Vongo’s subscription business model puts it in a category all its own:
The service’s primary focus is to provide an all-you-can-eat
smorgasbord of movies and other video content that can be downloaded to
your PC for a $10 monthly fee. It doesn’t offer any for-purchase
content, and its TV offerings are nearly nonexistent.
Movie-rental outfit Blockbuster Entertainment acquired movie-download service Movielink in August 2007, but the company seems to have lost interest in its latest asset. When we contacted Blockbuster’s corporate communications department in preparation for this story, they couldn’t be bothered to provide us with Movielink’s phone number (which wasn’t listed on either company’s website). It’s easy to see why.
CinemaNow offers newly released movies on the same pay-per-view model that most of the other services here (with the exception of Vongo) use, but the service also sells a limited collection of movies that can be downloaded and burned to a DVD that can be played anywhere. CinemaNow’s optional subscription service allows unlimited downloads, but these titles cannot be burned.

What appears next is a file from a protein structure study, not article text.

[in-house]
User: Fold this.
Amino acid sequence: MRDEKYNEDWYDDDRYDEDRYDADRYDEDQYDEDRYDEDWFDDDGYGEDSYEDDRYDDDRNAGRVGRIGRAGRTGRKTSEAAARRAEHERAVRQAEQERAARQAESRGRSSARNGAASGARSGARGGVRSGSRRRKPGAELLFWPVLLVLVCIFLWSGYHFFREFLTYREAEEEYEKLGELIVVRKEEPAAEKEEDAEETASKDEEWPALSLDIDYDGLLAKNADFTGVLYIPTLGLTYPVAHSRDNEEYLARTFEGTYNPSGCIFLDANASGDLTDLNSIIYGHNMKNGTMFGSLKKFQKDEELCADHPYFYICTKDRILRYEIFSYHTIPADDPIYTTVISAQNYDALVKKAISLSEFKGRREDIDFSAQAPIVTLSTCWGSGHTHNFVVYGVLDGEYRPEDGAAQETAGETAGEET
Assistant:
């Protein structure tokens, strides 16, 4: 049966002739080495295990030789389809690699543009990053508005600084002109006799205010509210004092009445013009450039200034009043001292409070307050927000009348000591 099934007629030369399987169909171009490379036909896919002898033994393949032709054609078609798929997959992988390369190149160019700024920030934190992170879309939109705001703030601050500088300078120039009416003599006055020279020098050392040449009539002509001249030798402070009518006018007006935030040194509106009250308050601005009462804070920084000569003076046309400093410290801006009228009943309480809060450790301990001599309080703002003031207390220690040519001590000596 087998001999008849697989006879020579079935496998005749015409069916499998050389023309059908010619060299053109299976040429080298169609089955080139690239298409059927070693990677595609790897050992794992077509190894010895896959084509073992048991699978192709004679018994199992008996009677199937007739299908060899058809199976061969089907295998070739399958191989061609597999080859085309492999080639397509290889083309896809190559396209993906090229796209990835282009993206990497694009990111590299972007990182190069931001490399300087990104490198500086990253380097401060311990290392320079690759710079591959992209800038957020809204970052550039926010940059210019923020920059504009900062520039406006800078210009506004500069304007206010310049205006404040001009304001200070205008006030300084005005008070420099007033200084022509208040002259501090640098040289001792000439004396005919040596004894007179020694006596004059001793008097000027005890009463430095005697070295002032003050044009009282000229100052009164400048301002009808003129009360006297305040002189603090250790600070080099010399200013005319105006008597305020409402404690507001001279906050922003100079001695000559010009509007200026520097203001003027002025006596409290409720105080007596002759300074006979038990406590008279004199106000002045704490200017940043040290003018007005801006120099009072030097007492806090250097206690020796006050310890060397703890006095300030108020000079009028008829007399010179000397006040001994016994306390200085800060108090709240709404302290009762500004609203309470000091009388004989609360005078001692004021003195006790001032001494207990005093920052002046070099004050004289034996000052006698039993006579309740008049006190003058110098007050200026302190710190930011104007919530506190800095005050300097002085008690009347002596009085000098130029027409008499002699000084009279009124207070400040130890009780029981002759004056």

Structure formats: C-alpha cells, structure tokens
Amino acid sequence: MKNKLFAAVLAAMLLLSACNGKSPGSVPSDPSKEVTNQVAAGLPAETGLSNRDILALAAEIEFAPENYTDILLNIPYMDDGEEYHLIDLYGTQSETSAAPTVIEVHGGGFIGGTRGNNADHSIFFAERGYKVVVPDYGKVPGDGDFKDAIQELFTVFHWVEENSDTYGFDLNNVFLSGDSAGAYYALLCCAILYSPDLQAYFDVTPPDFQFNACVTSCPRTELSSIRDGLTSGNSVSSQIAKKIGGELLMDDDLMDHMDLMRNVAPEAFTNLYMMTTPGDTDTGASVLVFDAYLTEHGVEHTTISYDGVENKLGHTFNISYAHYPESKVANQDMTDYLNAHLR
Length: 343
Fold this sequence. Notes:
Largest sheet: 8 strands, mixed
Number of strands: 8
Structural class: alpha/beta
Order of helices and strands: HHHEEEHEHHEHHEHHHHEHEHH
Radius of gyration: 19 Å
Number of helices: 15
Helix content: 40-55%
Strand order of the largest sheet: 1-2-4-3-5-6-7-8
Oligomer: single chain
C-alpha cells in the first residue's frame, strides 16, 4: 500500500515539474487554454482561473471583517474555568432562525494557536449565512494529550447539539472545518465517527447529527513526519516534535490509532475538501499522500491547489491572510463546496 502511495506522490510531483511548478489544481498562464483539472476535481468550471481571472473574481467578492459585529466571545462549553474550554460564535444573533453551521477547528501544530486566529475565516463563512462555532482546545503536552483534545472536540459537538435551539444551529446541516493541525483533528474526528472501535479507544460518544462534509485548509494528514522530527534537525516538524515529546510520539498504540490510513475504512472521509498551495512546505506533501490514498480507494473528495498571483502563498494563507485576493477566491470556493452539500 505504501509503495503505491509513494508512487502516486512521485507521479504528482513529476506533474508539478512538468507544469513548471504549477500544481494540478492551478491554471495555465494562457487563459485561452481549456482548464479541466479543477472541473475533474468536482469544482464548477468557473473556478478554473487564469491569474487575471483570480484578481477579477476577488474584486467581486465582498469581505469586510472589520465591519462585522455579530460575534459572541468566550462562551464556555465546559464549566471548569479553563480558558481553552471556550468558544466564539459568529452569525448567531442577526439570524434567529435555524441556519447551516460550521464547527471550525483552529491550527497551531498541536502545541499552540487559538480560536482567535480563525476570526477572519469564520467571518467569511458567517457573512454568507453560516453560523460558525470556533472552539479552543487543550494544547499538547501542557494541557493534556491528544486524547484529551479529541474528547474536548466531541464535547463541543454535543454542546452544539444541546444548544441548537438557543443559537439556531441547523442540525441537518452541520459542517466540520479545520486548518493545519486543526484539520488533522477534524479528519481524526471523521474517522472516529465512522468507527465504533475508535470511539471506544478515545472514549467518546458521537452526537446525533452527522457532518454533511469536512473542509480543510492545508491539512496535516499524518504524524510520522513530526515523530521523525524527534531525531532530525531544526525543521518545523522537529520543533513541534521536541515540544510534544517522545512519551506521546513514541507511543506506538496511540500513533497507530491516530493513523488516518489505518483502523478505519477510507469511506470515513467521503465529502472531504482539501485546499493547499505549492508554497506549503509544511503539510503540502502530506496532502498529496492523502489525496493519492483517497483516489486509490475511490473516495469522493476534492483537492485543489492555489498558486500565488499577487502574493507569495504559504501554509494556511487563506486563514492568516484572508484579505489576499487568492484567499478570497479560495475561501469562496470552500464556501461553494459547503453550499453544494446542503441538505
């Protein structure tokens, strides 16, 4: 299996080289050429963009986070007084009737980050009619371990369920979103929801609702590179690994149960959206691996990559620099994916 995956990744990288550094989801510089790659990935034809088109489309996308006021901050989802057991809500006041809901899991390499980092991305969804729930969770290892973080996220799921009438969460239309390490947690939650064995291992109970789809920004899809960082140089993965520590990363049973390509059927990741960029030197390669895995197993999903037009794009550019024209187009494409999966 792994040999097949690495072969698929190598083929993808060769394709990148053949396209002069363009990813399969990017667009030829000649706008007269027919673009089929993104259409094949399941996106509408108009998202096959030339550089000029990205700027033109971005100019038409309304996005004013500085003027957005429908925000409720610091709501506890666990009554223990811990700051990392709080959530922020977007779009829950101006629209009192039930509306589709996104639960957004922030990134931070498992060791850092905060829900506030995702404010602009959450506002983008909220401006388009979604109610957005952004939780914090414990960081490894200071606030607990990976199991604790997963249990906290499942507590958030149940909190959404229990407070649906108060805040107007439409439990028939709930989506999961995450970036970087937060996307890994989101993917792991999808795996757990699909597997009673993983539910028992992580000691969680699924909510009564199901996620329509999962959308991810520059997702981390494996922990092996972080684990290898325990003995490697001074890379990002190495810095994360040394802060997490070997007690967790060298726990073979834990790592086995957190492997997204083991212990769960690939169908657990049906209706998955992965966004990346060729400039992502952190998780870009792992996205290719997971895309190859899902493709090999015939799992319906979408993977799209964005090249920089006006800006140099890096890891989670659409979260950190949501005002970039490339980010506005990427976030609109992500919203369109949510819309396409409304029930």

Windows Vista Home Premium and Ultimate editions include Windows Media Center (WMC), an updated version of the Windows XP Media Center Edition "10 foot UI" designed to help you enjoy your media from across the room on a big-screen TV. Unfortunately, WMC doesn't include support for Photoshop (PSD) files. But, if you've installed Photoshop Elements 5 (PE5) since you installed Windows Vista, you already have the solution to your problem.